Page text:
From the famously erotic temple carvings at Khajuraho to star-crossed lovers in today’s Bollywood films, India is in love with romance—and it has the honeymoon spots to show for it. The country rolls out the red carpet to honor the newly betrothed, so even if you didn’t have a destination wedding, you can still have an Indian honeymoon.

Nothing says India quite like a wedding. In scenic hotspots around the country, you’ll recognize new brides by their hennaed hands and tinkling red bangles. With fireworks, white horse-drawn chariots, and guest lists numbering in the thousands, Indian weddings are affairs to remember. Celebrations can last for days, culminating in the all-important honeymoon—join the bands of blushing newlyweds at these romantic storybook locales, and celebrate the launch of your own love story.


Bungalows for rent in Agonda Beach

It is no surprise that picture-perfect Goa, a former Portuguese colony, attracts legions of honeymooners each winter. With its swaying, fringed palms and Old World decor, it makes a heavenly backdrop to celebrate young love—or at least, a young marriage.

Be prepared, the state’s beach scene is divided into two distinct districts: North Goa attracts a rowdier, party-goer crowd, while South Goa is geared more towards couples and families. Unless you’re hoping to spend your honeymoon clubbing—and there’d be nothing wrong with that—you’ll probably want to head south. Rent a hut along the white sands of quiet, secluded Agonda, or join the bustle of sunbathers in cheerful, romantic Colva.

But Goa offers more than a coastline. History buffs and art lovers will find much to savor in Velha Goa, or Old Goa, the colony’s original 15th-century capital, now a UNESCO World Heritage site. Daydream by picturesquely crumbling baroque cathedrals, like powder-white Se Cathedral or the imposing Basilica of Bom Jesus, which contains an art museum, and watch fishermen haul in the catch of the day along the sun-kissed Mandovi River.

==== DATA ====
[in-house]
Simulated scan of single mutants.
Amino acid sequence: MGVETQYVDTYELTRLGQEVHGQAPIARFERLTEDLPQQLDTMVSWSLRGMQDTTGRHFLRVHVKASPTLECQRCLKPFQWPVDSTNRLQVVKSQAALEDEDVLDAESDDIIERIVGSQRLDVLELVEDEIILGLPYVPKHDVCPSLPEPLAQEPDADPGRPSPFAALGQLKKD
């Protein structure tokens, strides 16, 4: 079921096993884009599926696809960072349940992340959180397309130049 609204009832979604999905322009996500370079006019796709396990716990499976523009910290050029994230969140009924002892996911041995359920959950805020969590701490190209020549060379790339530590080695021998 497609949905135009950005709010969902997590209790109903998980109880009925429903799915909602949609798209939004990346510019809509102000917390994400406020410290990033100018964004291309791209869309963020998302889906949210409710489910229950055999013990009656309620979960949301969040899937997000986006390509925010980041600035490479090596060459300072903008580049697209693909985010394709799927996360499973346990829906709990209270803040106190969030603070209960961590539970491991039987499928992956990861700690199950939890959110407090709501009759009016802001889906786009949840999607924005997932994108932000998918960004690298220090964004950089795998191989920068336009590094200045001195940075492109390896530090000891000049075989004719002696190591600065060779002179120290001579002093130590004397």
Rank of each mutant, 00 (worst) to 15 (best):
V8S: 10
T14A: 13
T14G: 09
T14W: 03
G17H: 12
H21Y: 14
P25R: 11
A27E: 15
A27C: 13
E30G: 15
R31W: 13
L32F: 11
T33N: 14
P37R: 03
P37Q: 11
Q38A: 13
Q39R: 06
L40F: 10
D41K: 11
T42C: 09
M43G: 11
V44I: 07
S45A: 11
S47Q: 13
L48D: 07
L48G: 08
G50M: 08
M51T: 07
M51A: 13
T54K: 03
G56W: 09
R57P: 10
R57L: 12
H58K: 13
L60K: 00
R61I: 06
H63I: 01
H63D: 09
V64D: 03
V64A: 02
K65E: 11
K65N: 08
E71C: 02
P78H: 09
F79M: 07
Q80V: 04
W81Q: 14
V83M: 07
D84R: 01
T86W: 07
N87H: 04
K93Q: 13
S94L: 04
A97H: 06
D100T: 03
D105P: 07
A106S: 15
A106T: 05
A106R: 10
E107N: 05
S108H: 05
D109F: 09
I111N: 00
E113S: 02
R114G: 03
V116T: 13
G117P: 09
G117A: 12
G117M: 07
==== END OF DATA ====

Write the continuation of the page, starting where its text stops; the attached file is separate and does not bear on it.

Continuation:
Aboard the Kalka-Shimla toy train

The name might make you think it’s geared more to kids than adults, but the Kalka-Shimla toy train offers a uniquely scenic and atmospheric trip through the mountains along a route established in 1898 for Brits escaping the blistering heat of the plains. It’s now one of only four mountain railways in India, all protected as UNESCO World Heritage sites.

Chug through deodar forests, across sloping stone bridges, and up fog-covered mountains toward the one-time summer capital of the British Raj. Luxury versions of the classic locomotive even offer private compartments with attached bathrooms and meals.

Arrive at the mountain hill station of Shimla (7,500 ft), where you can walk through misty evergreen pine forests and enjoy sunrise views of the surrounding peaks. Rent a wooden cabin for a true nature immersion, and reenact your favorite Bollywood song sequences by riding horseback through the Himalayan foothills.

Enjoy the fusion of British and Indian heritage. The Viceregal Lodge, built in 1888, was once the ornate, fortress-like residence of the British Viceroys. Perched on Shimla’s second highest point, it makes for a stunning photo op.

Plan your trip to India
Chat with a local specialist who can help organize your trip.


Traditional boats on Dal Lake

“If there is paradise on earth, it is here, it is here, it is here,” the Persian poet Jami once famously said of Kashmir.